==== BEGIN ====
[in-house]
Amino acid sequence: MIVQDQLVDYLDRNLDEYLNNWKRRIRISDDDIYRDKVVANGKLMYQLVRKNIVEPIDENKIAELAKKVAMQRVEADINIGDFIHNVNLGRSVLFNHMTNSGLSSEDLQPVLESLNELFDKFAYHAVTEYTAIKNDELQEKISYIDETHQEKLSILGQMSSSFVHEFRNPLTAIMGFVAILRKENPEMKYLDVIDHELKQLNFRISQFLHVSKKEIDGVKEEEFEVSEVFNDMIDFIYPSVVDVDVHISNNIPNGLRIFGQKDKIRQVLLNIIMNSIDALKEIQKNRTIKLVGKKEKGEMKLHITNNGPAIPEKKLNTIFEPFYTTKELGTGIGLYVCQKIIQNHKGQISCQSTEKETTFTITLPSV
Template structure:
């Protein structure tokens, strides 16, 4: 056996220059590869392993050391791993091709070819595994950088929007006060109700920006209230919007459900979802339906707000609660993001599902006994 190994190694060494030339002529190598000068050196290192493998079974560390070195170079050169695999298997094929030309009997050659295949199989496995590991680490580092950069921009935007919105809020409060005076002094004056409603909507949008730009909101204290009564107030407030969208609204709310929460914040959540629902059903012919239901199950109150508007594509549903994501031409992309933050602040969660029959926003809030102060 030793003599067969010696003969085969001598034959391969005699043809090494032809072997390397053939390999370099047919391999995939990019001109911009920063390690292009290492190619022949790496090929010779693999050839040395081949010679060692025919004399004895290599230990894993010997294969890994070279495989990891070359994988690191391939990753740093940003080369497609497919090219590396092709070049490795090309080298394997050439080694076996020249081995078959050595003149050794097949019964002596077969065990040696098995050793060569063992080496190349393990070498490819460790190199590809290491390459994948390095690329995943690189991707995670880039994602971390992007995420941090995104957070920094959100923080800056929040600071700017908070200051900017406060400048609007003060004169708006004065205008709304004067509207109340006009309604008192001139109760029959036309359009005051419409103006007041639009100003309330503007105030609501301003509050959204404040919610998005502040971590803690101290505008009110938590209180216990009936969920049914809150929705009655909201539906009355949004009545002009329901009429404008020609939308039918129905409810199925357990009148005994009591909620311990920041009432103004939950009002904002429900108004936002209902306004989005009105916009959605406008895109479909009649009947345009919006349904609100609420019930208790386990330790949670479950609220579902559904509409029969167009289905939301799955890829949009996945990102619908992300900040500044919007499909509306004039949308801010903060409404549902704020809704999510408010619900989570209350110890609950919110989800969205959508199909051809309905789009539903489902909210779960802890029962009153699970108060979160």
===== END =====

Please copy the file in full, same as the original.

[in-house]
Amino acid sequence: MIVQDQLVDYLDRNLDEYLNNWKRRIRISDDDIYRDKVVANGKLMYQLVRKNIVEPIDENKIAELAKKVAMQRVEADINIGDFIHNVNLGRSVLFNHMTNSGLSSEDLQPVLESLNELFDKFAYHAVTEYTAIKNDELQEKISYIDETHQEKLSILGQMSSSFVHEFRNPLTAIMGFVAILRKENPEMKYLDVIDHELKQLNFRISQFLHVSKKEIDGVKEEEFEVSEVFNDMIDFIYPSVVDVDVHISNNIPNGLRIFGQKDKIRQVLLNIIMNSIDALKEIQKNRTIKLVGKKEKGEMKLHITNNGPAIPEKKLNTIFEPFYTTKELGTGIGLYVCQKIIQNHKGQISCQSTEKETTFTITLPSV
Template structure:
């Protein structure tokens, strides 16, 4: 056996220059590869392993050391791993091709070819595994950088929007006060109700920006209230919007459900979802339906707000609660993001599902006994 190994190694060494030339002529190598000068050196290192493998079974560390070195170079050169695999298997094929030309009997050659295949199989496995590991680490580092950069921009935007919105809020409060005076002094004056409603909507949008730009909101204290009564107030407030969208609204709310929460914040959540629902059903012919239901199950109150508007594509549903994501031409992309933050602040969660029959926003809030102060 030793003599067969010696003969085969001598034959391969005699043809090494032809072997390397053939390999370099047919391999995939990019001109911009920063390690292009290492190619022949790496090929010779693999050839040395081949010679060692025919004399004895290599230990894993010997294969890994070279495989990891070359994988690191391939990753740093940003080369497609497919090219590396092709070049490795090309080298394997050439080694076996020249081995078959050595003149050794097949019964002596077969065990040696098995050793060569063992080496190349393990070498490819460790190199590809290491390459994948390095690329995943690189991707995670880039994602971390992007995420941090995104957070920094959100923080800056929040600071700017908070200051900017406060400048609007003060004169708006004065205008709304004067509207109340006009309604008192001139109760029959036309359009005051419409103006007041639009100003309330503007105030609501301003509050959204404040919610998005502040971590803690101290505008009110938590209180216990009936969920049914809150929705009655909201539906009355949004009545002009329901009429404008020609939308039918129905409810199925357990009148005994009591909620311990920041009432103004939950009002904002429900108004936002209902306004989005009105916009959605406008895109479909009649009947345009919006349904609100609420019930208790386990330790949670479950609220579902559904509409029969167009289905939301799955890829949009996945990102619908992300900040500044919007499909509306004039949308801010903060409404549902704020809704999510408010619900989570209350110890609950919110989800969205959508199909051809309905789009539903489902909210779960802890029962009153699970108060979160």